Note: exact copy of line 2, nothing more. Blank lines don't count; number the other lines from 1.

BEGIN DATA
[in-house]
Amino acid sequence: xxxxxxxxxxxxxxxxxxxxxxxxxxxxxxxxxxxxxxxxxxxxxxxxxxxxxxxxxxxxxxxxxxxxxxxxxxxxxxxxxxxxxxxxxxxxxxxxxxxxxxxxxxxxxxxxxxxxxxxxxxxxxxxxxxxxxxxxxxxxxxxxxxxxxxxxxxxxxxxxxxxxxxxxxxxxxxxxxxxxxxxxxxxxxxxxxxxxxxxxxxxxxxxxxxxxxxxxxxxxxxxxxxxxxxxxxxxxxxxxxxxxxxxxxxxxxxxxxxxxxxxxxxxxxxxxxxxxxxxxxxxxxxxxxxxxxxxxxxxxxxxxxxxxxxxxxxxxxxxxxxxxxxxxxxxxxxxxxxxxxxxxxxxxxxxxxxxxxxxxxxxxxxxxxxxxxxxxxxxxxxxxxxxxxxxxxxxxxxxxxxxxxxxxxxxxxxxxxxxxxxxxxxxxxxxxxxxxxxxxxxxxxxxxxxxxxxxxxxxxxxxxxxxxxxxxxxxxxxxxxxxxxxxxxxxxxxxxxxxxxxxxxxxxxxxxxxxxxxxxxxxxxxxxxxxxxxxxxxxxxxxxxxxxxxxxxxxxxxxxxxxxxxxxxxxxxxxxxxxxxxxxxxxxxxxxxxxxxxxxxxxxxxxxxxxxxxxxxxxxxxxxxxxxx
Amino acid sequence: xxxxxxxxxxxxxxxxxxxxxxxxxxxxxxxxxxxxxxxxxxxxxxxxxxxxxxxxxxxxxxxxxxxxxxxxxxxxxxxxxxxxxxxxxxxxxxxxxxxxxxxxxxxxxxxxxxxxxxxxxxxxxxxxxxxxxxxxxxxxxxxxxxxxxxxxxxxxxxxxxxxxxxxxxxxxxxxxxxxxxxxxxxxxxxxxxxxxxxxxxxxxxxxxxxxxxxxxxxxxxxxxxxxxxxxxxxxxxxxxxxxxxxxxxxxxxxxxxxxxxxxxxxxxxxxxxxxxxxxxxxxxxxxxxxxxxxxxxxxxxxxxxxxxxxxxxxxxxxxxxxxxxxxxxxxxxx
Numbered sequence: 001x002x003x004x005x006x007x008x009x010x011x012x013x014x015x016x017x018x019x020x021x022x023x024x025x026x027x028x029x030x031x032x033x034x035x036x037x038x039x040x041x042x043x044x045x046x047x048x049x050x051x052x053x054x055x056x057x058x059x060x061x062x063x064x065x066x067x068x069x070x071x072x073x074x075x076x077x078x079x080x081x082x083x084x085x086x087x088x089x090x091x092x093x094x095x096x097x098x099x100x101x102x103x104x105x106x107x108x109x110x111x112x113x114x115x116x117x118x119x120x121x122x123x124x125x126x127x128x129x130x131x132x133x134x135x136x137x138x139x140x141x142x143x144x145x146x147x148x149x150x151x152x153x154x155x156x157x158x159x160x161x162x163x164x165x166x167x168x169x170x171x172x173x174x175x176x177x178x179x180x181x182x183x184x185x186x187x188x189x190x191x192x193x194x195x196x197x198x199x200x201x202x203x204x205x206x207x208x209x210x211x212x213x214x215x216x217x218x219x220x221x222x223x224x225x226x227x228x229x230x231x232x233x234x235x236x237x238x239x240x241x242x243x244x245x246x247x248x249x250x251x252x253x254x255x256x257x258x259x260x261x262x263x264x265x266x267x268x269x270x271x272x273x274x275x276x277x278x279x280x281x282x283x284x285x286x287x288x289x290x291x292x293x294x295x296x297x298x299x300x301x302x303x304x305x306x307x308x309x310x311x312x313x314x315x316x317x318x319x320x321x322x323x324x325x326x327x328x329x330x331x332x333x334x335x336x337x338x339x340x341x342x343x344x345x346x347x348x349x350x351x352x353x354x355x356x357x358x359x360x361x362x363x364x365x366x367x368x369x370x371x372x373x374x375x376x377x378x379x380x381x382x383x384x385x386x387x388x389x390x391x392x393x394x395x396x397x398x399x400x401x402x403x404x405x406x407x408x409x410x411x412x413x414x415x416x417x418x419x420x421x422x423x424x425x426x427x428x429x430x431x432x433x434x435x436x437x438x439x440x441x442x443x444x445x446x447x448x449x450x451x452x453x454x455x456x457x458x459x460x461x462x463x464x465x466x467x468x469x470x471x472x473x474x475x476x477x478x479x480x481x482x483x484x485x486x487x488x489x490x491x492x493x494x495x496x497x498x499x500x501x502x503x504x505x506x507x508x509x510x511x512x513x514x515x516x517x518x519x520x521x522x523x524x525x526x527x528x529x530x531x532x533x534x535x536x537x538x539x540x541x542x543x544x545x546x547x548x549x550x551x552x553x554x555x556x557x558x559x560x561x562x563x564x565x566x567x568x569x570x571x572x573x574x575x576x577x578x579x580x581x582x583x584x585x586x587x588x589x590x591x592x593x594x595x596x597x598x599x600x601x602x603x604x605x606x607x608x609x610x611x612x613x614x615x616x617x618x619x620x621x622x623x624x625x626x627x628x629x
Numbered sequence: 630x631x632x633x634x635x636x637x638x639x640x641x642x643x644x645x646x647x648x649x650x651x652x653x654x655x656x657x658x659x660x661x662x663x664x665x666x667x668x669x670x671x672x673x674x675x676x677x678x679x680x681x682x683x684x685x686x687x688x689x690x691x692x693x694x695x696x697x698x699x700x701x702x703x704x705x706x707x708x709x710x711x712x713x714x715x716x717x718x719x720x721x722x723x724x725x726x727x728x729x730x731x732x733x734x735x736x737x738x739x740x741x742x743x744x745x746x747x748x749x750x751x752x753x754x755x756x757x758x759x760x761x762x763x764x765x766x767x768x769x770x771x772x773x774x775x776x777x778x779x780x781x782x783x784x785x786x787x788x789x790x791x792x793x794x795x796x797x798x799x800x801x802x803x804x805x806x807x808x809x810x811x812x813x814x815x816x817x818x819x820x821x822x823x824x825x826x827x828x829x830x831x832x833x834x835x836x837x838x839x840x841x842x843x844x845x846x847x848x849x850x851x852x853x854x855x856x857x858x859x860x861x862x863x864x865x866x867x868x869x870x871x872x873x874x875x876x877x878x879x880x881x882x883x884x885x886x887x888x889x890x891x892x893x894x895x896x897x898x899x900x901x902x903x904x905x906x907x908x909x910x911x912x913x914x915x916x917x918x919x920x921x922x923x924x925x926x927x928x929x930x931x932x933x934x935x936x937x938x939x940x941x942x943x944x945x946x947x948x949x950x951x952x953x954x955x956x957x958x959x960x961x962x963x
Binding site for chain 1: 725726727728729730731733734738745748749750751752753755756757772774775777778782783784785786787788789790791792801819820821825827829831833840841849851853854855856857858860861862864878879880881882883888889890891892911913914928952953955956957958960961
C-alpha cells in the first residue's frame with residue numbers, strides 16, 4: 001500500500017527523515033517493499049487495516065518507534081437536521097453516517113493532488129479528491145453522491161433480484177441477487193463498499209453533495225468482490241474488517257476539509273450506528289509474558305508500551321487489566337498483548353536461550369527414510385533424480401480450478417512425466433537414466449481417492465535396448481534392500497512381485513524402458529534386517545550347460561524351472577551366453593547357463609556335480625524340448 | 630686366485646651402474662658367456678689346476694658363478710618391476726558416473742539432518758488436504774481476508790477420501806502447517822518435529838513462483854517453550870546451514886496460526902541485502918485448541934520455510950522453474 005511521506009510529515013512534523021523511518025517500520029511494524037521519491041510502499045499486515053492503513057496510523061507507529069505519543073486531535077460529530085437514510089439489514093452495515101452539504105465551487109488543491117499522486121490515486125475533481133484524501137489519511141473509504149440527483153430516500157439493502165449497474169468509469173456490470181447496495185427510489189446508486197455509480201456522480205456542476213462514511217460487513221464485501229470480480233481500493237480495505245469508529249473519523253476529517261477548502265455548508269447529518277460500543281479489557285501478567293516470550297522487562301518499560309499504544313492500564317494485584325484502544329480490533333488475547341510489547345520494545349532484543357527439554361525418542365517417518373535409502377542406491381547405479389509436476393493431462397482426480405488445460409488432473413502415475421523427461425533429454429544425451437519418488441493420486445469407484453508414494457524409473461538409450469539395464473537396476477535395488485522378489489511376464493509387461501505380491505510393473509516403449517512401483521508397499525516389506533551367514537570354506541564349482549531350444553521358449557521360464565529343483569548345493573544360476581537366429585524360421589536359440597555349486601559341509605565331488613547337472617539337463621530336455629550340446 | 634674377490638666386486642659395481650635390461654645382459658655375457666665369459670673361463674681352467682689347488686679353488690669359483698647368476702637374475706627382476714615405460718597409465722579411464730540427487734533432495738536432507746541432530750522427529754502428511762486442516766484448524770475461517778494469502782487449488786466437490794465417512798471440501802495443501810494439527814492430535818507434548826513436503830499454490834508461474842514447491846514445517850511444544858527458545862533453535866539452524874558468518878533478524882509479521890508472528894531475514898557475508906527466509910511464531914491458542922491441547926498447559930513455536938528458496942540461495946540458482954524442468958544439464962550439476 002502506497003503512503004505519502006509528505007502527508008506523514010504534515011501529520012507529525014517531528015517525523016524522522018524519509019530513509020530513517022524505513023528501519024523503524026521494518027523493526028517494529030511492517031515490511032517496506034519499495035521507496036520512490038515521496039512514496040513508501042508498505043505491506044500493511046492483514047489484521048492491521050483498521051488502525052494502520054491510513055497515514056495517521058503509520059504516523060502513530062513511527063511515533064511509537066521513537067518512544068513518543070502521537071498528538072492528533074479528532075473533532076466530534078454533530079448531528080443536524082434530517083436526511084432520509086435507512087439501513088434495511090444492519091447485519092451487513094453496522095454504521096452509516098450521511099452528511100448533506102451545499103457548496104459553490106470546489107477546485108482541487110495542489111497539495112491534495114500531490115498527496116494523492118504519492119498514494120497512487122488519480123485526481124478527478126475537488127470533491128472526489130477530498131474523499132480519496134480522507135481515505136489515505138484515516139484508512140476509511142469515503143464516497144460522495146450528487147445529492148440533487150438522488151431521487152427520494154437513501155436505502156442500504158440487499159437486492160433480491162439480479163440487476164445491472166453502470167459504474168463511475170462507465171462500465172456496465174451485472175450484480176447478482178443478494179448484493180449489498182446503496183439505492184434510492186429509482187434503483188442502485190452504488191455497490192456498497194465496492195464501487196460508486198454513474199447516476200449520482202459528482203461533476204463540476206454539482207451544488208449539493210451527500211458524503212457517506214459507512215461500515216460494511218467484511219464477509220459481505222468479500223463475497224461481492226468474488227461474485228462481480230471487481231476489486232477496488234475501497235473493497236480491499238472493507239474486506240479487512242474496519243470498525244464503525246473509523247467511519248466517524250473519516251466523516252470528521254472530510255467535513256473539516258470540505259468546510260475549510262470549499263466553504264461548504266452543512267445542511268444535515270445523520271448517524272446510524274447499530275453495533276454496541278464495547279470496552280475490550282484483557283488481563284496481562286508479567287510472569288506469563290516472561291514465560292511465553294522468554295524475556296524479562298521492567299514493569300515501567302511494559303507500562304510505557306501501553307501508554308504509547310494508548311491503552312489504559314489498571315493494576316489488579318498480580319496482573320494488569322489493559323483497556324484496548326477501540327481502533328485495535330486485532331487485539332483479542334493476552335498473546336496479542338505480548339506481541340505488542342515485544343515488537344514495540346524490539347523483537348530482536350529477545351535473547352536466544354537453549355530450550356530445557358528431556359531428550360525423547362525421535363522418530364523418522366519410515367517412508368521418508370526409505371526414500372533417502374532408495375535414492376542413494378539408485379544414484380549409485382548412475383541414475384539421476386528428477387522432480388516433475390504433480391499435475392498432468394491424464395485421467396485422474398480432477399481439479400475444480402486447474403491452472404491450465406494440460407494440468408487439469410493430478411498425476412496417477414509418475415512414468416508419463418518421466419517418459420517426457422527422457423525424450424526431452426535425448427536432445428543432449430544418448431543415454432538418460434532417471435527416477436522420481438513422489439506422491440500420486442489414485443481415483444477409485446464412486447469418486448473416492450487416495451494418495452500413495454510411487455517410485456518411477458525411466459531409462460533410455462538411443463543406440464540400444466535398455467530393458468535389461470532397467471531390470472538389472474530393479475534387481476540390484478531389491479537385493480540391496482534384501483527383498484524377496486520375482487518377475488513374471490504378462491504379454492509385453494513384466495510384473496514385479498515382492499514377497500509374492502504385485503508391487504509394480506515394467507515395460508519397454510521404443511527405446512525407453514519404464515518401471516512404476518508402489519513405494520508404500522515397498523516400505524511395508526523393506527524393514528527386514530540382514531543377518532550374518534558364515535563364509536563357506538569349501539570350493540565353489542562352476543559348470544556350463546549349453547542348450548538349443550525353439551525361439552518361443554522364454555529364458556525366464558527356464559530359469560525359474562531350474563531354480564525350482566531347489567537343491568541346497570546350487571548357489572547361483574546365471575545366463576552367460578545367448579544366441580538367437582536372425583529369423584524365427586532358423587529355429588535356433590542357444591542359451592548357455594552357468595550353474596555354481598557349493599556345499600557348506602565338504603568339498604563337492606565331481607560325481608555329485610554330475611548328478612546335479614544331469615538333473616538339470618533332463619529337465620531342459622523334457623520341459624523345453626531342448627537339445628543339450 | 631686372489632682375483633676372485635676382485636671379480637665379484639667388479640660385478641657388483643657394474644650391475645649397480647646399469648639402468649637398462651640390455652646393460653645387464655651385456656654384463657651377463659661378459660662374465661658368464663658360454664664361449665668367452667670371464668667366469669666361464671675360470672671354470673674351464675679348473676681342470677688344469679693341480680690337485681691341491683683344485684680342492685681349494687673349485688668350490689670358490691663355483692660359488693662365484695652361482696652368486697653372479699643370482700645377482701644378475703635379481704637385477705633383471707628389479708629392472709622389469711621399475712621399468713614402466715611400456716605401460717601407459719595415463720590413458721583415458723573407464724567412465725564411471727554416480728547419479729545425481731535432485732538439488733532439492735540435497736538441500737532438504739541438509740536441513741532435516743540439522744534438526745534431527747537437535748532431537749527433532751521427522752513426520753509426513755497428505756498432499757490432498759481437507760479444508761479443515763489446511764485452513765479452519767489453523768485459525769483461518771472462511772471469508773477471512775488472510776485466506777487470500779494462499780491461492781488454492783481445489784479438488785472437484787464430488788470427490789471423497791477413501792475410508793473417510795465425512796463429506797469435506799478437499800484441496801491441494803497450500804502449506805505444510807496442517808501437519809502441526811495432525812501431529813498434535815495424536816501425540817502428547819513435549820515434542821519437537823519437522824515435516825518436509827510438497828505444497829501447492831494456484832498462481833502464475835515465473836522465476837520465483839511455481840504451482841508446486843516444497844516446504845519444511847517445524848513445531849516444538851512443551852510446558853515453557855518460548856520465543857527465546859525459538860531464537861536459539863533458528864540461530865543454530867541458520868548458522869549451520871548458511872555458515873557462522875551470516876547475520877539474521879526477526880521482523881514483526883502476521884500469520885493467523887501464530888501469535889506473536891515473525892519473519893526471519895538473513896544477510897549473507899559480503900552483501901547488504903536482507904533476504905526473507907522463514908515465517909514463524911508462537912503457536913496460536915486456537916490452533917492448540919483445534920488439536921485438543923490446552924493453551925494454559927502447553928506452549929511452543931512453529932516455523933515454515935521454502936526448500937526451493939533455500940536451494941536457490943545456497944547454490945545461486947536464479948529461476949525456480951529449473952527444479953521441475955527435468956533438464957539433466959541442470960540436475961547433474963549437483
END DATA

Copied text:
Amino acid sequence: xxxxxxxxxxxxxxxxxxxxxxxxxxxxxxxxxxxxxxxxxxxxxxxxxxxxxxxxxxxxxxxxxxxxxxxxxxxxxxxxxxxxxxxxxxxxxxxxxxxxxxxxxxxxxxxxxxxxxxxxxxxxxxxxxxxxxxxxxxxxxxxxxxxxxxxxxxxxxxxxxxxxxxxxxxxxxxxxxxxxxxxxxxxxxxxxxxxxxxxxxxxxxxxxxxxxxxxxxxxxxxxxxxxxxxxxxxxxxxxxxxxxxxxxxxxxxxxxxxxxxxxxxxxxxxxxxxxxxxxxxxxxxxxxxxxxxxxxxxxxxxxxxxxxxxxxxxxxxxxxxxxxxxxxxxxxxxxxxxxxxxxxxxxxxxxxxxxxxxxxxxxxxxxxxxxxxxxxxxxxxxxxxxxxxxxxxxxxxxxxxxxxxxxxxxxxxxxxxxxxxxxxxxxxxxxxxxxxxxxxxxxxxxxxxxxxxxxxxxxxxxxxxxxxxxxxxxxxxxxxxxxxxxxxxxxxxxxxxxxxxxxxxxxxxxxxxxxxxxxxxxxxxxxxxxxxxxxxxxxxxxxxxxxxxxxxxxxxxxxxxxxxxxxxxxxxxxxxxxxxxxxxxxxxxxxxxxxxxxxxxxxxxxxxxxxxxxxxxxxxxxxxxxxxx